Relaxing intellectual property rights is a hot topic. The main counterargument is that undermining these rights stifles innovation by making returns on investment less predictable.In addition, some developed countries have formulated debate Intellectual property rights protection alone does not make green technology expensive. They argue that if companies price based on cost, then manufacturing, not intellectual property, should be the factor that makes technology expensive. Of course, this argument doesn’t take into account the role of competition in pricing, or how patents pave the way for companies to charge higher fees.
The World Trade Organization (WTO), the world’s top intergovernmental trade rule-maker, accepted the rebuttal, arguing that intellectual property protection is key to promoting innovation to tackle climate problems. As a result, the organization does not provide developing countries with much flexibility to adopt looser rules.
However, the WTO’s rigid approach conflicts with the spirit of its own regulations. One of the organization’s most basic agreements is called Trade-Related Intellectual Property Rights (TRIPS). This includes provisions to facilitate technology transfer, such as relaxing intellectual property rights protections. Specifically, TRIPS allow The government relaxes patent rights under certain conditions.Developing countries such as Ecuador, Cuba, Brazil, Chile and El Salvador As early as April 2013, the United States attempted to establish and revise the intellectual property rights flexibility in TRIPS to expand the scope of access to green technology.However, developed countries such as the United States, Canada, Switzerland, and EU member states have respond with disdain. In 2023, UNCTAD found “Not too possible” Intellectual property rights protection will be less stringent at the global level, which means TRIPS is unlikely to be very flexible.
The opposition of developed country members of the WTO also goes against historical trends.Copy or imitate existing technology historical place How developing countries can catch up economically with developed countries. Many now developed countries initially allowed foreigners to patent their inventions. Switzerland is also among the dissidents, There is not even a patent law until the beginning of the 20th century.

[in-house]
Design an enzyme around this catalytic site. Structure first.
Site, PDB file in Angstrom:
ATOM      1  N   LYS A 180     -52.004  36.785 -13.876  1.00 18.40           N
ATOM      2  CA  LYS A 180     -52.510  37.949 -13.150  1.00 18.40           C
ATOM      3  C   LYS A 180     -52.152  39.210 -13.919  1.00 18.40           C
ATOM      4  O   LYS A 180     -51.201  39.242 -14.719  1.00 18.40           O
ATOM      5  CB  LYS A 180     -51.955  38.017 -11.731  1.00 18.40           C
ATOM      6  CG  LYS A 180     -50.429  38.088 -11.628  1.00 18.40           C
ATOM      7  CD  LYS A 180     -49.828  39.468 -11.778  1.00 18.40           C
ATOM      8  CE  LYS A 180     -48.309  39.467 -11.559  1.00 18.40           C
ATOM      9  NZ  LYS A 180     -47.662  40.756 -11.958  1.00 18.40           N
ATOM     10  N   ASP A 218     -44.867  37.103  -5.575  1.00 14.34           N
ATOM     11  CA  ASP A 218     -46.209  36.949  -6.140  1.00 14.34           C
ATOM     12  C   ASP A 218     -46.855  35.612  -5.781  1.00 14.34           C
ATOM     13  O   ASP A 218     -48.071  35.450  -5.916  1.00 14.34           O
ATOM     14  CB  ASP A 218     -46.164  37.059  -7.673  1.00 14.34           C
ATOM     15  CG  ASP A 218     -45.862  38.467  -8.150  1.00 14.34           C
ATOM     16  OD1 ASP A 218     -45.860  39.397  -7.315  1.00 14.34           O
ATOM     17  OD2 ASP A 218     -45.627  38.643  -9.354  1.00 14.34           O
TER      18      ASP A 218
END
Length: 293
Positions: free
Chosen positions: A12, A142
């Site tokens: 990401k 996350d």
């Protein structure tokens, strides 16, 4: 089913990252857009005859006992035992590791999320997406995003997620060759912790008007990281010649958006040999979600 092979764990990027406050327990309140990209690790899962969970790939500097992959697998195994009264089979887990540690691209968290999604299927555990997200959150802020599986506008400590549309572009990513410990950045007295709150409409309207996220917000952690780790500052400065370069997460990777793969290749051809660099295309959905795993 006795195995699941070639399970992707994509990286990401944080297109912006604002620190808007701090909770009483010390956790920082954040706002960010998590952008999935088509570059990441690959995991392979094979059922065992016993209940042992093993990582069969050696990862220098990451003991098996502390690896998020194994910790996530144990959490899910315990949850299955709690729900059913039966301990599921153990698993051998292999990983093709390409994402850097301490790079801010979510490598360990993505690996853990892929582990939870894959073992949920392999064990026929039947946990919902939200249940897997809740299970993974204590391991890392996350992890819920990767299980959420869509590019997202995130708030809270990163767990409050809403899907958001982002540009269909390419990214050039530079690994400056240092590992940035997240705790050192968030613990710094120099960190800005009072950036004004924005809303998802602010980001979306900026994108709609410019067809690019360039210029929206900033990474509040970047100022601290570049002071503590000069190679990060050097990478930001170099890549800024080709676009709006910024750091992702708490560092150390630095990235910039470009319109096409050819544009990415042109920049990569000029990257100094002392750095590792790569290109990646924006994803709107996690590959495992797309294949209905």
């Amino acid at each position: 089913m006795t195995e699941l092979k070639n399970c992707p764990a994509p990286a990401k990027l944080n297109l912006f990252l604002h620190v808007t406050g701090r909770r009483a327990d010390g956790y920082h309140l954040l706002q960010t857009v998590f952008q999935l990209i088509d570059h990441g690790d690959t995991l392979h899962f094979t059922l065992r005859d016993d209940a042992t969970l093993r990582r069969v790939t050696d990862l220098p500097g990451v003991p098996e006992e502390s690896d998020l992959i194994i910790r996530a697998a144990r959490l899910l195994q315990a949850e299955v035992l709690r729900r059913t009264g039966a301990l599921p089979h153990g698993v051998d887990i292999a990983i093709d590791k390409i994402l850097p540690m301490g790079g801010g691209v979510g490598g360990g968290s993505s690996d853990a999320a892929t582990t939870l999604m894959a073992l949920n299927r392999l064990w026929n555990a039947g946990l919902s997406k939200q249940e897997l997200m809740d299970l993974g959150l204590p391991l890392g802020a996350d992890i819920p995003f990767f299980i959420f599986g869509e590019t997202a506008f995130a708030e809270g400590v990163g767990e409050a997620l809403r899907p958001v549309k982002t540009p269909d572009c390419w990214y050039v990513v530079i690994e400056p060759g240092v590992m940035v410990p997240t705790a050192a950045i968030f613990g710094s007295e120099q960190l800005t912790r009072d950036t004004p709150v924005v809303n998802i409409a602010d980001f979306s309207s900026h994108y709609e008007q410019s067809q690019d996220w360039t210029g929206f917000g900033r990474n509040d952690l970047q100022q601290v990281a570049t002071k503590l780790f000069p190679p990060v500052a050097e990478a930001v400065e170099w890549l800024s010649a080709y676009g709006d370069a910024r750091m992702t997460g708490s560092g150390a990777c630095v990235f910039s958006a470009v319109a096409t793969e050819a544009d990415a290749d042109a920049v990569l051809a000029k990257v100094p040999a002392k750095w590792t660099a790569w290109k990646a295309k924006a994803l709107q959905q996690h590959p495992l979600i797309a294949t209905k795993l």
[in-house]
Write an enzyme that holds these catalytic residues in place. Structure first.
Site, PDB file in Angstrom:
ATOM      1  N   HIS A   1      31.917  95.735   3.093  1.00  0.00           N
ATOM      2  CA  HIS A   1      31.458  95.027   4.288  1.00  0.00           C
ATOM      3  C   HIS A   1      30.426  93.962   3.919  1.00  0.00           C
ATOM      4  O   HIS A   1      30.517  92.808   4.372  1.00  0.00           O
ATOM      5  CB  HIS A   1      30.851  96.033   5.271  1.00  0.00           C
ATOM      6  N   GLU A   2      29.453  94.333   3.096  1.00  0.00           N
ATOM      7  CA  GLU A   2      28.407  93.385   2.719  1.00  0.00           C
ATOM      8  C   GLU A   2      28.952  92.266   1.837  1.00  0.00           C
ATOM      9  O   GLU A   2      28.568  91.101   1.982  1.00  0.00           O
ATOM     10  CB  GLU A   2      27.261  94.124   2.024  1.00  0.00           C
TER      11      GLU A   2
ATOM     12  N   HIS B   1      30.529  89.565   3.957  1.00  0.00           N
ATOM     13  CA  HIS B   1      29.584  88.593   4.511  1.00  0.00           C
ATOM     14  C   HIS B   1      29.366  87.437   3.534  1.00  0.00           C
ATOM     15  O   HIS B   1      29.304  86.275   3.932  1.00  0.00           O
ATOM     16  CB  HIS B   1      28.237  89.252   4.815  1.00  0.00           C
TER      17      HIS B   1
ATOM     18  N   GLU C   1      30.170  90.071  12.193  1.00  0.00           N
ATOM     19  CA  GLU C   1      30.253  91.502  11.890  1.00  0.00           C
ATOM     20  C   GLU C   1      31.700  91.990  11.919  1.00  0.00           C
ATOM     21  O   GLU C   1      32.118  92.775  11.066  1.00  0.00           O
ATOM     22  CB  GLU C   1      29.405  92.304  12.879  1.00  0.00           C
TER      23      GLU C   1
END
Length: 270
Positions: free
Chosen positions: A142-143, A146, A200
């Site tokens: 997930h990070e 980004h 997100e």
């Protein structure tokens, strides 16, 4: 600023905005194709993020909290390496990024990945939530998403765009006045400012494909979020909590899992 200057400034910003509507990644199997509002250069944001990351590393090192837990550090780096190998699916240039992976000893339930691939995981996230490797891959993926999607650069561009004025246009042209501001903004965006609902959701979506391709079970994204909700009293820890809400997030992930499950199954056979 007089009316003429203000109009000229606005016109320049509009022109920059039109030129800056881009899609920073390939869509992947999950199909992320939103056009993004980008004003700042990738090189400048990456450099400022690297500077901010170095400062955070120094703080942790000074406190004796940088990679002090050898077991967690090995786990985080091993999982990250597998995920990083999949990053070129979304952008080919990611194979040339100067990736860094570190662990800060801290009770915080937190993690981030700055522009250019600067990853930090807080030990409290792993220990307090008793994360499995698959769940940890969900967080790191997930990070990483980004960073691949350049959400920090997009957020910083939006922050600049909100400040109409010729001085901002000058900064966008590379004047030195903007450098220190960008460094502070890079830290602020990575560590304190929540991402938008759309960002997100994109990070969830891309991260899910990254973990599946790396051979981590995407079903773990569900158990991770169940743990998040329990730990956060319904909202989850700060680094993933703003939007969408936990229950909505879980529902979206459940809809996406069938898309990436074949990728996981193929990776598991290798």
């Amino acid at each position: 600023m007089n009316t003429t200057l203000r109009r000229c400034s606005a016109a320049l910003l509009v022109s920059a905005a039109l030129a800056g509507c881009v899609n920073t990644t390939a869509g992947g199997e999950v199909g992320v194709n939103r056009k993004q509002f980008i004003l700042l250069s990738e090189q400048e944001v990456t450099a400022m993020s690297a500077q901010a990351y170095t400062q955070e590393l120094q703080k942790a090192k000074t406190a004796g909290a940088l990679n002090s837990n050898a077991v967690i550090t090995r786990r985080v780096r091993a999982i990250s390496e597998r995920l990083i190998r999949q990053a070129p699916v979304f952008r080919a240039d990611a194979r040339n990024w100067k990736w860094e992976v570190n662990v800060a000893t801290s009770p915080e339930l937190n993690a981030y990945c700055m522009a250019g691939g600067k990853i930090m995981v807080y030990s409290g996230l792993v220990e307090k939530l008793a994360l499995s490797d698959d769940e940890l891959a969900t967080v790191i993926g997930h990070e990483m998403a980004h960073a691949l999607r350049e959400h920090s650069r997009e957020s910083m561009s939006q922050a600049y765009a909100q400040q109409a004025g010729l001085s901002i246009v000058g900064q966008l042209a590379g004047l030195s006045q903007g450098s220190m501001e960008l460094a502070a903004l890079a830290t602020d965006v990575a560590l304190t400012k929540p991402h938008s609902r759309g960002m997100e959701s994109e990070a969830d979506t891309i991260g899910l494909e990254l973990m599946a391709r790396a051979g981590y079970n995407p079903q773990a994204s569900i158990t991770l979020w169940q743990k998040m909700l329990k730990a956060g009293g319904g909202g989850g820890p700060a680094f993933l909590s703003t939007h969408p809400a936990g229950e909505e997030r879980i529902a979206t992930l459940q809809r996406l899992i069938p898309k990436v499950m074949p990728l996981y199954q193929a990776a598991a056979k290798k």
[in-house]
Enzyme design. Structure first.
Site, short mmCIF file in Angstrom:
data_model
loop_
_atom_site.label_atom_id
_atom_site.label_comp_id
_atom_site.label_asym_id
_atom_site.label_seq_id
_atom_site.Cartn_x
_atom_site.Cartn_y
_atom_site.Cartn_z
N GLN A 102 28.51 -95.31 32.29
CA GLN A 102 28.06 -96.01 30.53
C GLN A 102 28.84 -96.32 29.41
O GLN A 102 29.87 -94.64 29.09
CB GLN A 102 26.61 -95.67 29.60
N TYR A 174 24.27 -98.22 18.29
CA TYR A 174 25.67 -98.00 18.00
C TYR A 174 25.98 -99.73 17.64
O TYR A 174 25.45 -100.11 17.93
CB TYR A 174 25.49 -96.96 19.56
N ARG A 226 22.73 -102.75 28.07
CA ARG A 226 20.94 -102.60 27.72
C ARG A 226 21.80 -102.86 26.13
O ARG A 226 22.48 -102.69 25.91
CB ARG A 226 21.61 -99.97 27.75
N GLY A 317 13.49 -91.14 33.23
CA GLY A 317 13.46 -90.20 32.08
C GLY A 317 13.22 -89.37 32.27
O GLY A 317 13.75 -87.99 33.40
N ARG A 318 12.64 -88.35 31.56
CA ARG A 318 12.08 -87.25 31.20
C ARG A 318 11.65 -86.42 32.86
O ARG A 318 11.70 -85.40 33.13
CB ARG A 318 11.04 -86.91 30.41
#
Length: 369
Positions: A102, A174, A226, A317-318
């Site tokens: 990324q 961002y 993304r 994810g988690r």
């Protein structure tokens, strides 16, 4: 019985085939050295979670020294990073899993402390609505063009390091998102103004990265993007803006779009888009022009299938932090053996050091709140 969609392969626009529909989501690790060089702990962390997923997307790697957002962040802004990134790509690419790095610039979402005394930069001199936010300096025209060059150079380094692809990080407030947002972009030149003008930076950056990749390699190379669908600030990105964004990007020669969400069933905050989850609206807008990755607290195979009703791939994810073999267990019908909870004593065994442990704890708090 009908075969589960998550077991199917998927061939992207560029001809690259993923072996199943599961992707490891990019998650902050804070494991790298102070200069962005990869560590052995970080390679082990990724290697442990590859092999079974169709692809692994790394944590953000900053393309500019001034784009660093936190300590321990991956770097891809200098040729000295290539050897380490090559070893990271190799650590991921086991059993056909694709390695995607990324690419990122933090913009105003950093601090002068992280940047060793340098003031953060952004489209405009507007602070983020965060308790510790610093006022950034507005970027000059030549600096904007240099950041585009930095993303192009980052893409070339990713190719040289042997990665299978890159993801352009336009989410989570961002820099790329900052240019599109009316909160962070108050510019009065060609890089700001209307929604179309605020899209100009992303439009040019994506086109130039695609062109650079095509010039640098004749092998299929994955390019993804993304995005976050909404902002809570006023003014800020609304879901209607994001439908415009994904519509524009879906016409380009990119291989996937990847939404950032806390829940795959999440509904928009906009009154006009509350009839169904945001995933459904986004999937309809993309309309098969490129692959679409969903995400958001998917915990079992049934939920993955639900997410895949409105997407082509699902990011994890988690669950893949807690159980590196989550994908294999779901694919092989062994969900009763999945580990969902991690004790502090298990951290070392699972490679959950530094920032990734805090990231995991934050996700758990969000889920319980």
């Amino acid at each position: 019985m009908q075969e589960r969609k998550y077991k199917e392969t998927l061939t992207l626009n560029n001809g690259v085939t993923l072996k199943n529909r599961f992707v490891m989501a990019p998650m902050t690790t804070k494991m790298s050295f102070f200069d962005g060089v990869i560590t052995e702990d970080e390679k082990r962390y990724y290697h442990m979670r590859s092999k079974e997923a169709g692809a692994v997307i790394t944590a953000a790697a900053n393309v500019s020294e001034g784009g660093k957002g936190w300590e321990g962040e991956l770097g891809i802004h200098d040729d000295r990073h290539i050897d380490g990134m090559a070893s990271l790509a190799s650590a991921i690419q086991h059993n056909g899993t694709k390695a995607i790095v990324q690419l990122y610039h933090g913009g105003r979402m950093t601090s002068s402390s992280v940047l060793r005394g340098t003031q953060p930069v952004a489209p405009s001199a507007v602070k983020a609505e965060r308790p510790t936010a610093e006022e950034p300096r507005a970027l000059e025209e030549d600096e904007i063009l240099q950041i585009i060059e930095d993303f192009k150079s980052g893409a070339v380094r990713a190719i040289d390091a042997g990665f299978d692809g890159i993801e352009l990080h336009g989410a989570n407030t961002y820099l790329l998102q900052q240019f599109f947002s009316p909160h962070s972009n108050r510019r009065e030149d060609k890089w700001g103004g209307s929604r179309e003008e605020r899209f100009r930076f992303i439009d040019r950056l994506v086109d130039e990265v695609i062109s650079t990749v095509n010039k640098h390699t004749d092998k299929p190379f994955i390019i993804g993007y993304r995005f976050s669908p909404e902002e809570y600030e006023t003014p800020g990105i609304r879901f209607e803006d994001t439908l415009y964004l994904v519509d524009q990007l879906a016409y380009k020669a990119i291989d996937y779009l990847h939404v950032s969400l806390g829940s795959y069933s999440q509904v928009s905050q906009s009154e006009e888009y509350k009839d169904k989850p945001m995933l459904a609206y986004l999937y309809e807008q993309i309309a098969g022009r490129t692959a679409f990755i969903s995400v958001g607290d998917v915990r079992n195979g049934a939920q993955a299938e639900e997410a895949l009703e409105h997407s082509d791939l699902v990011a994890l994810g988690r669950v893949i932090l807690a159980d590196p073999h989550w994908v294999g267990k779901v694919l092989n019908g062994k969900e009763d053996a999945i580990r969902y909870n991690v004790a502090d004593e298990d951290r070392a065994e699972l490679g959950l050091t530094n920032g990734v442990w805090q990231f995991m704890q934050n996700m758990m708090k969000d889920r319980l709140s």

at last, empirical evidence Showing that technology transfer measures often ignore developing countries with high innovation capabilities, suggestion These measures avoid countries that threaten commercial competitive advantage. In addition, technology transfer mainly focuses on transferring goods and some skills (hardware and know-how), and pays less attention to knowledge and capabilities (software and know-how). In this sense, technology transfer is less empowering for developing countries and more conducive to creating economic dependence.
Innovation is not enough to bring solar energy to developing countries. Access and local capabilities are also important. Intellectual property rights protections implemented by the WTO are touted as good for innovation, but may actually be detrimental to capacity building, thereby undermining development and decarbonization goals.
To enhance solar innovation in developing countries and assist development and promote decarbonization, the WTO must consider relaxing intellectual property rules.
Alejandra Padín Dujon is a first-year PhD student. PhD Candidate in Sustainability at Columbia University.